Beauty queens for Sacagawea

Miss Representation and Miss Informed promenade the Downtown Mall seeking 500 signatures for a petition to correct the portrayal of Lewis and Clark guide Sacagawea in the statue at Ridge and West Main. "We object to the sexist and inaccurate representation," says Miss Informed (Kelly Silliman). "She'd never cower." Miss Representation (Jen Hoyt-Tidwell) has spoken before City Council, and the pair want due respect for and a proper accounting of the woman who, despite toting a newborn baby, assisted the L&C expedition to the Pacific.

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Please consult the original Lewis and Clark journals and scholarly research on the subject of Sacacawea before making modern judgements of her and her life. Our only "factual" information about her comes from the original journals. There are many fictionalized versions of her in the literature and speculation seems to be the accepted norm. We can't even agree on how to pronounce her name and we have different accepted spellings as well!

Thank you for your interest and for engaging in discussion. We are not judging the art, kind friends. We are asking the city to add contextualizing plaques around the statue acknowledging the controversy that has surrounded this statue for so long, and giving more information about the Corps of Discovery to explain why Sacagawea should not have been depicted crouching behind the explorers when she was their guide and translator. Uncontextualized public art constitutes tacit agreement in my opinion. The sculptor himself said he put her behind them so she wouldn't compete with them. Ugh.

To some extent it's true, a piece of art is a piece of art. To each his own interpretation. But when a piece of art claims to be depicting history - a moment, an era, an event - the truth and accuracy of that depiction become important. Don't get me wrong, there is still plenty of consternation over the "truth" of history, but some things are pretty certain. One of those things is that Sacagawea was an essential member of the Corps of Discovery, not a helpless woman cowering behind two men. (And in saying that I don't intend to downplay the importance of the men either - one doesn't discount the other.)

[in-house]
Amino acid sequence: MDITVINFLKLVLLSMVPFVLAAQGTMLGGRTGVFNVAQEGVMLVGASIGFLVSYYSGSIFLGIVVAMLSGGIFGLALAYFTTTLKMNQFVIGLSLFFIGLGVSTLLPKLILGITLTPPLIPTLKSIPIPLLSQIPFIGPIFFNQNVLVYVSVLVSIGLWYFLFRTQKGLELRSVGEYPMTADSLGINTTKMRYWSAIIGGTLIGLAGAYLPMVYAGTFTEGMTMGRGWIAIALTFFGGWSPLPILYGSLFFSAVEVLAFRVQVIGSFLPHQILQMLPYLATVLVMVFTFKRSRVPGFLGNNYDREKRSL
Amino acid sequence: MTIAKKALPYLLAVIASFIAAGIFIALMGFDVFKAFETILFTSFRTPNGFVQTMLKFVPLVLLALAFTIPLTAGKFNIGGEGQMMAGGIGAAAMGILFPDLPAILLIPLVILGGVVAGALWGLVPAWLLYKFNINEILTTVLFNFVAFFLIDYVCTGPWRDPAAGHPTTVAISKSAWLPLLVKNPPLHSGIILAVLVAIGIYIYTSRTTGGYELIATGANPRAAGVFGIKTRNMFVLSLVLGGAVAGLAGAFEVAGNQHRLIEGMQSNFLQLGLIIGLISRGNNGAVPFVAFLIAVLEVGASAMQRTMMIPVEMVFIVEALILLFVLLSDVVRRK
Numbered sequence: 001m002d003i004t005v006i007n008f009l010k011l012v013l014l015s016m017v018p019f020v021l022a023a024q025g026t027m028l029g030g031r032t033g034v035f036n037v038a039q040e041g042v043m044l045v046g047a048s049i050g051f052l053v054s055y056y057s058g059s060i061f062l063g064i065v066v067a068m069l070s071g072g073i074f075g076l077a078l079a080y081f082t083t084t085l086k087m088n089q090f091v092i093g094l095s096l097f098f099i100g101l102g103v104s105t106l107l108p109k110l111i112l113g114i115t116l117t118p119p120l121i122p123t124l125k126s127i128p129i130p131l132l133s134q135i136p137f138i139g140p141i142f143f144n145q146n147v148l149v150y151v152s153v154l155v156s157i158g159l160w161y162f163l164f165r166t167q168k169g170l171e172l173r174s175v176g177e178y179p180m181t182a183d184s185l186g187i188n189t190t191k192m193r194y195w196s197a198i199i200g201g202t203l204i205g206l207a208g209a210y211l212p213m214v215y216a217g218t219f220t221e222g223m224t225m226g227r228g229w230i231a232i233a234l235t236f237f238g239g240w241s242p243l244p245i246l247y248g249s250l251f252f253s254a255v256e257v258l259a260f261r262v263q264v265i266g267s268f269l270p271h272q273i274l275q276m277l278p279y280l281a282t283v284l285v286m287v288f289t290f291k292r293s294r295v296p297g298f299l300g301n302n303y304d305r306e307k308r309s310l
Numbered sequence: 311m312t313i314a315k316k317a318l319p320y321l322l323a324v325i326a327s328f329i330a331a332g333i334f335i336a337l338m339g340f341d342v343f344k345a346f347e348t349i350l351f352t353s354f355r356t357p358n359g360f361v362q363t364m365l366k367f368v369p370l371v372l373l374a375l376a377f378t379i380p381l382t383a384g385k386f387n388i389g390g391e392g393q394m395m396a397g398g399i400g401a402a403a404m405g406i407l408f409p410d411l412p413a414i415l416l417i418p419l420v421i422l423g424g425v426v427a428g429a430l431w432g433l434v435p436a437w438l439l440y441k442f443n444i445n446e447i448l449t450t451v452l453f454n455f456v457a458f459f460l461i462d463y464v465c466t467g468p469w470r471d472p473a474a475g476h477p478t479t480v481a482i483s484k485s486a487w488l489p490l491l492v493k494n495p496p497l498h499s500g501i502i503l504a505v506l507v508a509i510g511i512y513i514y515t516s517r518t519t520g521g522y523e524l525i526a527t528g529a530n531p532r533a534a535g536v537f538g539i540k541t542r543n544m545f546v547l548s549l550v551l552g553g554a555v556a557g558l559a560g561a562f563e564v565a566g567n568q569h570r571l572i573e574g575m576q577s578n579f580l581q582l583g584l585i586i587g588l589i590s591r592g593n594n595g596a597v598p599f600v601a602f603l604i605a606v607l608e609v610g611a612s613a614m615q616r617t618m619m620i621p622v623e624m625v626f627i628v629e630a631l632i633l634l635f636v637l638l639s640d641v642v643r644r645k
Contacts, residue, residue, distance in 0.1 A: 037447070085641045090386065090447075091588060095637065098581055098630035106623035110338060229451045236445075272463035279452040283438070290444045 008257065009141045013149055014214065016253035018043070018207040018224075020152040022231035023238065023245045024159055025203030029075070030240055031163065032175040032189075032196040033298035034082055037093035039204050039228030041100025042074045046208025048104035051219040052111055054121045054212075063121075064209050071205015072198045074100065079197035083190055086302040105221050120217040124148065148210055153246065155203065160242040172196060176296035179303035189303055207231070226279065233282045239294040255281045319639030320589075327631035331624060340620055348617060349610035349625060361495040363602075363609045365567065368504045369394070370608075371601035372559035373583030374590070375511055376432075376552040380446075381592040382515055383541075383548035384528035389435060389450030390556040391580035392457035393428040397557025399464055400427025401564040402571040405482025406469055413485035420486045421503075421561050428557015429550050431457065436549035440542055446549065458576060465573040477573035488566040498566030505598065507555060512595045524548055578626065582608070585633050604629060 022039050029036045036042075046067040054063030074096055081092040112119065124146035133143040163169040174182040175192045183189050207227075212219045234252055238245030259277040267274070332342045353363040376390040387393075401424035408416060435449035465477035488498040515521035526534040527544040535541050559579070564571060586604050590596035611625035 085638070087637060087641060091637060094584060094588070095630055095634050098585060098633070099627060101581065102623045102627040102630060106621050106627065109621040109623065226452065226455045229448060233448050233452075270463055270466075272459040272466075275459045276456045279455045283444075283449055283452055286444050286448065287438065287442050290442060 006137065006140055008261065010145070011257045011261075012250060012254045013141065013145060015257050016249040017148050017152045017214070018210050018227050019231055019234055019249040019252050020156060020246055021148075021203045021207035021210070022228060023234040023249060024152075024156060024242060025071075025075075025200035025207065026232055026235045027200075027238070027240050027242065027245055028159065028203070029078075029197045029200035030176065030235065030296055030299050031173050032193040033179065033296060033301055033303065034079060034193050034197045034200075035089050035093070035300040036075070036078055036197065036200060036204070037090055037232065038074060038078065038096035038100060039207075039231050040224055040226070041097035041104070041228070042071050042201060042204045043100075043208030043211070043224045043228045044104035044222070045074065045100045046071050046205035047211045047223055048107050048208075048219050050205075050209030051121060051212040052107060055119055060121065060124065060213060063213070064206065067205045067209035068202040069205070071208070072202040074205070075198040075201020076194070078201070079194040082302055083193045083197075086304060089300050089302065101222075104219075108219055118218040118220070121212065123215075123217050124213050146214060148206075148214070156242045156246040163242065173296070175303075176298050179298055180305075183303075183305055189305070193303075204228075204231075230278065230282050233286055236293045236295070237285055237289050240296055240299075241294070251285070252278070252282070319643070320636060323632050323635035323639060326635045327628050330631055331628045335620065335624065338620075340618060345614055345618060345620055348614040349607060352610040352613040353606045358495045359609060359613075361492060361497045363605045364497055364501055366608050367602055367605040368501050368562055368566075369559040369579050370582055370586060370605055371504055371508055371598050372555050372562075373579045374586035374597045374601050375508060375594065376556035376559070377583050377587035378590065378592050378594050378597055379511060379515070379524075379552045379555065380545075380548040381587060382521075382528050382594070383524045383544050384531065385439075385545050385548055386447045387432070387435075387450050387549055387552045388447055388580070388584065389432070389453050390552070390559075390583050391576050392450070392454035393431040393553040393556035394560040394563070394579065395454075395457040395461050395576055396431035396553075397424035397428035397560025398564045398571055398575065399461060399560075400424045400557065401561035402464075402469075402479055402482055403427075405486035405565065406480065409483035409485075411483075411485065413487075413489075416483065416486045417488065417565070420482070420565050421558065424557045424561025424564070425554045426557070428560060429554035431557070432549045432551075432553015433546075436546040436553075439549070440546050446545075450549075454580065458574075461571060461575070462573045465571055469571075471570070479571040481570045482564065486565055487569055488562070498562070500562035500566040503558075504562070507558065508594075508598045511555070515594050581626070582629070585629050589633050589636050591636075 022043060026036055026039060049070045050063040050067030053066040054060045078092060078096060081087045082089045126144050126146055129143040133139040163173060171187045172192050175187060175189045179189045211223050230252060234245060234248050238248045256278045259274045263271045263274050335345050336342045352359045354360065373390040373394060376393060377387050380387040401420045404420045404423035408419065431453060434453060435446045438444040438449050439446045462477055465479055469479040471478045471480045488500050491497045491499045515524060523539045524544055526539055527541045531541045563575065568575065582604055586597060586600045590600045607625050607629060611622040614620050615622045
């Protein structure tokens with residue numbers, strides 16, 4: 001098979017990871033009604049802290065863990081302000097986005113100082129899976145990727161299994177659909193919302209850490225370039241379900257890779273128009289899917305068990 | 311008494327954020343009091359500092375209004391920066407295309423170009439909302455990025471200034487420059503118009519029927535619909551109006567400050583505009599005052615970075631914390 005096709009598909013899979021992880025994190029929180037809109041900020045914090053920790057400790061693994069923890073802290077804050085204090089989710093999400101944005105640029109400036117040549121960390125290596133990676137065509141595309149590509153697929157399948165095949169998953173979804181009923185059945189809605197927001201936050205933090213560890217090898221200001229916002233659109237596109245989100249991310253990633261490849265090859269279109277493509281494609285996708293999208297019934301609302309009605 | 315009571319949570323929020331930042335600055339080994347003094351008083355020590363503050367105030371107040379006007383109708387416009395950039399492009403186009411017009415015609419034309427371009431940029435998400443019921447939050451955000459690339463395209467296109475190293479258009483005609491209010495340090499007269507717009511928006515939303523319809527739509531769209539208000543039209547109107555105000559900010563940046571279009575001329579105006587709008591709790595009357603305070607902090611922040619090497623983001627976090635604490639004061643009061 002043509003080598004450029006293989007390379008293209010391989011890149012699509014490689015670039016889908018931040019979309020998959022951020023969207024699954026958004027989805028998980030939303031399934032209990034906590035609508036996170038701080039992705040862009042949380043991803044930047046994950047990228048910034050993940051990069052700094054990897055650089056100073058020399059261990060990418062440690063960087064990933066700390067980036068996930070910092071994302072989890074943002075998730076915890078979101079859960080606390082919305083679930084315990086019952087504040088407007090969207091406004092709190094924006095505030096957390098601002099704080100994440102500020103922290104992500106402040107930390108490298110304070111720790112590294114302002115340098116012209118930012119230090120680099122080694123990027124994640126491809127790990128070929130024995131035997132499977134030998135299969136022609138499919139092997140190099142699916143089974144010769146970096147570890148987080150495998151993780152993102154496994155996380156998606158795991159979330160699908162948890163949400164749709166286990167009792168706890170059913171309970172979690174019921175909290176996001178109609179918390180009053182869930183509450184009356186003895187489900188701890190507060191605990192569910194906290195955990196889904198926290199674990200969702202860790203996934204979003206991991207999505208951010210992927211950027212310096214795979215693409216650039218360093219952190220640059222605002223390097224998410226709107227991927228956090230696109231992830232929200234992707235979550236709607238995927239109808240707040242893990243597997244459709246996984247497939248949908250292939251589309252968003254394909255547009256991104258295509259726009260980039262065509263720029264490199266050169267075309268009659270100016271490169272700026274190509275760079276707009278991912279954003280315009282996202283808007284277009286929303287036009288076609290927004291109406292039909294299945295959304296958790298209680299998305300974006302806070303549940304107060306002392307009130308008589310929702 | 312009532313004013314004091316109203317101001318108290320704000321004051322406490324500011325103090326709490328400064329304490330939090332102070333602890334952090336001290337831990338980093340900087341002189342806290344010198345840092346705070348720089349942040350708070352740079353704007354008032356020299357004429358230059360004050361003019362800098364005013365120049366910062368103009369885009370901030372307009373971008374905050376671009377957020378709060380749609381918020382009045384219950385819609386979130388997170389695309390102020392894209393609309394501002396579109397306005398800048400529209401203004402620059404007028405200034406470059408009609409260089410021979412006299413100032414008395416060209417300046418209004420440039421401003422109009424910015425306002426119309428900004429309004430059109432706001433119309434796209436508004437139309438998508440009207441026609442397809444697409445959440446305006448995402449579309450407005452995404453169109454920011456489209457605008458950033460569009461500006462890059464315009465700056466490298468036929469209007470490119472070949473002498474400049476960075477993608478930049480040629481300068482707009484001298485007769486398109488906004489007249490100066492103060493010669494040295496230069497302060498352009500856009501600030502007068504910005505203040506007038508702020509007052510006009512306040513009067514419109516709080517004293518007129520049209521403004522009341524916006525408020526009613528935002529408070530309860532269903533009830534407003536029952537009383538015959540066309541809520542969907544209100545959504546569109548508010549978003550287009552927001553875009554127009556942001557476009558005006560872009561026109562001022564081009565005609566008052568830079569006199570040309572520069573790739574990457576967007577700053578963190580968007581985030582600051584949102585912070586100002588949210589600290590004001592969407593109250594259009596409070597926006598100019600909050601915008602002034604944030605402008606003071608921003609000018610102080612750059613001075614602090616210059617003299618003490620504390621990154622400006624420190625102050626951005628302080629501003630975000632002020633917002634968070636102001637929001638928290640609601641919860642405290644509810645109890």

Purely as a piece of art, I think the statue is lovely. But as citizens of a city that prides itself on its history, shouldn't we question inaccurate depictions of that history? And demand that the history we present be as truthful as possible?

We put Sacajawea on the dollar coin. What's the problem. You want to put up a plaque to tell people that one of the most famous woman in US history needs to have her place in history established on a new plaque that 99.9999% of the people who will pass by it will never read. Do you really think that few people who figure out who is on the statue, will suddenly go " well look at Sacajawea, squatting behind Lewis & Clark. Everything I have read about her must not be true."

Love the passion of the ladies but this is still pretty silly.

WTF: that's an interesting leap of logic, that putting someone on a coin automatically means we have a thorough knowledge of their place in history. Andrew Jackson's on our $20 bill; does that mean everyone knows about his role in the Cherokee removal?

Representation is an important issue, particularly in a town like Charlottesville, which, as the Petition Signer above said, prides itself on its history. I don't see how it benefits the town in any way to depict that history in a biased and inaccurate fashion.